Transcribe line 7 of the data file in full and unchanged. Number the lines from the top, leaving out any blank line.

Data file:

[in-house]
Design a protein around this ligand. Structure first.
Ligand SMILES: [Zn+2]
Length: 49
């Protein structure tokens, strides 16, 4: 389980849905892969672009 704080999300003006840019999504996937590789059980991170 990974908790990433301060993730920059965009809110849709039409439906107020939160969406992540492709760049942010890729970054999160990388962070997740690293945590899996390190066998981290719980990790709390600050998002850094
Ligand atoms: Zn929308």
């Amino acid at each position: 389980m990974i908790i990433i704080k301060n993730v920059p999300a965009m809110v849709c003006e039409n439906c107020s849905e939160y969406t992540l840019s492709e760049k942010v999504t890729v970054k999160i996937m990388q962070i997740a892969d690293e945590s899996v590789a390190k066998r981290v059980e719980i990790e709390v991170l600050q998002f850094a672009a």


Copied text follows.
């Amino acid at each position: 389980m990974i908790i990433i704080k301060n993730v920059p999300a965009m809110v849709c003006e039409n439906c107020s849905e939160y969406t992540l840019s492709e760049k942010v999504t890729v970054k999160i996937m990388q962070i997740a892969d690293e945590s899996v590789a390190k066998r981290v059980e719980i990790e709390v991170l600050q998002f850094a672009a």